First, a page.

Welcome to Williams and the Hemken Collection museum! Williams, population 425, located in Northeast Hamilton County, was settled in 1869. The building housing the original museum was built by J.P. Talcott as a second story showroom for carriages. In the intervening years, the building has been used as an implement dealership, a plumbing business, and a grocery store. In 1997-1998 Hemkens renovated the old building, developing a showroom for 16 cars and related auto memorabilia.
Daryl began collecting special interest autos in 1958, choosing convertibles from 1947 and 1948 because of his knowledge of the era. Few convertibles were made then because cars were still rationed through 1948, and the demand was such that there was no need for expensive, unique models to tempt the buying public. The collection now contains 20 different convertibles form 1947 and 1948. One each from all American makers. It is noteworthy that because of the war, body styles and materials in 1948 for the most part resembled those in 1941. Another reason for the interest in convertibles is that when put in salvage yards, the tops deteriorate making interiors impossible to renovate, so nice original cars are rare.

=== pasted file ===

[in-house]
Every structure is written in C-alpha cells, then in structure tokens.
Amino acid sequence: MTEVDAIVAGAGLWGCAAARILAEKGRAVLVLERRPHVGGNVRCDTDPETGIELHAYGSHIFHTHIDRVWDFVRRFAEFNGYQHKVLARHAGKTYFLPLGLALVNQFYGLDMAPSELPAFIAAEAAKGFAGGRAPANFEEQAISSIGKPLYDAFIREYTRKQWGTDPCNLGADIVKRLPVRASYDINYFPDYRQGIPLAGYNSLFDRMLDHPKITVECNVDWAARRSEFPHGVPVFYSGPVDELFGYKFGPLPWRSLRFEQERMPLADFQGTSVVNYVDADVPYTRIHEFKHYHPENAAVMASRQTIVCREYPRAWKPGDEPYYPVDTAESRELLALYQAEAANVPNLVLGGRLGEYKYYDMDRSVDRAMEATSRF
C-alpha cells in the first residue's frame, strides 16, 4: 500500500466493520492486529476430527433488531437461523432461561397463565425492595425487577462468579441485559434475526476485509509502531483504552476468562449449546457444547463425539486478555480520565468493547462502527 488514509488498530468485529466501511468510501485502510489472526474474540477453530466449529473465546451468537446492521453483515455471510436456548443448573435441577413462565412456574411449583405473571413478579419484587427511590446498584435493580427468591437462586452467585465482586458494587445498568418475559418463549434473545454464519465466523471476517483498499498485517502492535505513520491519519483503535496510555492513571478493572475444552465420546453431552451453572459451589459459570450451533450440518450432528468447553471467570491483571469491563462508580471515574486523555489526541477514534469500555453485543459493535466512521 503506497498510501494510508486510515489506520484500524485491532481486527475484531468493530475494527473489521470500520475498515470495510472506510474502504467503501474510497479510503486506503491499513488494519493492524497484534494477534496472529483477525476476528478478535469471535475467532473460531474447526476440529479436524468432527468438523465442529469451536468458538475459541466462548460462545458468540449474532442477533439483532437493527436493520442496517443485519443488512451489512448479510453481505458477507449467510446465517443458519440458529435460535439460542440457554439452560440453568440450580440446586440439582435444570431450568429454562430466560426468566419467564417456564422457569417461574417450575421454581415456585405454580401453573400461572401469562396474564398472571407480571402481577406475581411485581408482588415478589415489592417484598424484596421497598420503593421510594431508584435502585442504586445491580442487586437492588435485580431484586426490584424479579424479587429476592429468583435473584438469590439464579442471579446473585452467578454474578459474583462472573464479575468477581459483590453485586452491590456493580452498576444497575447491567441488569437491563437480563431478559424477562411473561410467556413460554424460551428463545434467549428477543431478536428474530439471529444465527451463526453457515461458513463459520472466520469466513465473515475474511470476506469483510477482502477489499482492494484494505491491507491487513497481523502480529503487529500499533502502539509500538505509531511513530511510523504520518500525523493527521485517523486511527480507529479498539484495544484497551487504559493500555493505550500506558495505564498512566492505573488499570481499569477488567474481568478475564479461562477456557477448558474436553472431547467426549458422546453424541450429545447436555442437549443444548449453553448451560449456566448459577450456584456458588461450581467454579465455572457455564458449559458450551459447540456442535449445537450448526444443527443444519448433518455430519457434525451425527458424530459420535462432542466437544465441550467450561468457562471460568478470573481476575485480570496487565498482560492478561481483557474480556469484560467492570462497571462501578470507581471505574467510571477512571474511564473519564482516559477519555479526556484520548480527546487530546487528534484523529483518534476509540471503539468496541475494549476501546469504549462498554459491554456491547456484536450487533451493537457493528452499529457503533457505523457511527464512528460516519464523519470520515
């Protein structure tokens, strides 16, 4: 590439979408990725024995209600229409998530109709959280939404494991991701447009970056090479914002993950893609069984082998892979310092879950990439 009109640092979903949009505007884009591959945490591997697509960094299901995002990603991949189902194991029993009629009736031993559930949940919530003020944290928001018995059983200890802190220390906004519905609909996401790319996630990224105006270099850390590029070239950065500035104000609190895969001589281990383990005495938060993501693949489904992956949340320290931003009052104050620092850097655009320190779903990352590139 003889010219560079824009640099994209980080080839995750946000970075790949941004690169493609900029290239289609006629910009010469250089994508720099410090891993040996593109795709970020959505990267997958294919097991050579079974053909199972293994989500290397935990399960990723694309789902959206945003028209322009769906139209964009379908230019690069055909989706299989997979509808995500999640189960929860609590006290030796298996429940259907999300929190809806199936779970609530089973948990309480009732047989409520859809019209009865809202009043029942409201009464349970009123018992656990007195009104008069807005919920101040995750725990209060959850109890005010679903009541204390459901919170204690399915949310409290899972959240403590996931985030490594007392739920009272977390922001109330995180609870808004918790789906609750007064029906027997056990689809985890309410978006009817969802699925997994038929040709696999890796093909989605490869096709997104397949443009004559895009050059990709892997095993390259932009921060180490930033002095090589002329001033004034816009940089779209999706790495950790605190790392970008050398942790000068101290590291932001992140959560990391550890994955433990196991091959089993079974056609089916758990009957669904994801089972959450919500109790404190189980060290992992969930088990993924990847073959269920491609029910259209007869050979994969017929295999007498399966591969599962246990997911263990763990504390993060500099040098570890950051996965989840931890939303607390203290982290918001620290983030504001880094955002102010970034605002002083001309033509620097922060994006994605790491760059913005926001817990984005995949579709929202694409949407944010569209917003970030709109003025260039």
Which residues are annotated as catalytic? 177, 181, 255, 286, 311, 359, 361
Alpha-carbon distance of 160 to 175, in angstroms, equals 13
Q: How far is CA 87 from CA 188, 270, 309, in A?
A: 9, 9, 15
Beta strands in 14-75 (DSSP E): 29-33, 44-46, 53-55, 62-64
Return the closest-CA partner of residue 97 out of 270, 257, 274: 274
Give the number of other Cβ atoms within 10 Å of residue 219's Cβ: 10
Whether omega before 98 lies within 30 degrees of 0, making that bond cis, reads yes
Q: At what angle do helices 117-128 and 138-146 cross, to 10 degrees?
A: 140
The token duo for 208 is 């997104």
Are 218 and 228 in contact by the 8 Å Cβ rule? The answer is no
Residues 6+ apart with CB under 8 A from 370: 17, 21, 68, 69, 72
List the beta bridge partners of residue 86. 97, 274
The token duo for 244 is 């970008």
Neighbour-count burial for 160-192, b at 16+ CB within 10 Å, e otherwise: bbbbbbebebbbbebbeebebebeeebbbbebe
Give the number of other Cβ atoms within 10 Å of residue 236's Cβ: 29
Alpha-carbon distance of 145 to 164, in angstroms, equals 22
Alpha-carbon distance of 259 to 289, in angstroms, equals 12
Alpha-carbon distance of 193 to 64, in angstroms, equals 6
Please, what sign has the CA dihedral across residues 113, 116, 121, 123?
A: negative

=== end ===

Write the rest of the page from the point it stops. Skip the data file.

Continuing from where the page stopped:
The emphasis in the museum is on conservation rather than restoration. Most of the autos are in basically original condition, as they were when driven. Cars in the museum will be rotated among the 100 or so available, making an ever-changing display possible. From 1958 until the present, cars were purchased only if they had special features, i.e. body style, limited production, fresh-air heater, twin ignition, etc.
The new addition, including a 50′ x 50′ mezzanine for special exhibits, adds 7,500 square ft. to the existing museum. The basement of the original building has been renovated to provide additional storage for cars and exhibits. It is accessed by the interior ramp in the new building. Altogether, there are 20,ooo sq. ft. of display space, with the potential of displaying 55-60 cars. Emphasis will continue to be on the 1940’s, particularly convertibles from 1947-1948.
The Hemken Collection is a non-profit foundation, with 501 (c) (3) designation, making contributions tax-deductible.
General contractor for the project has been Peterson Construction.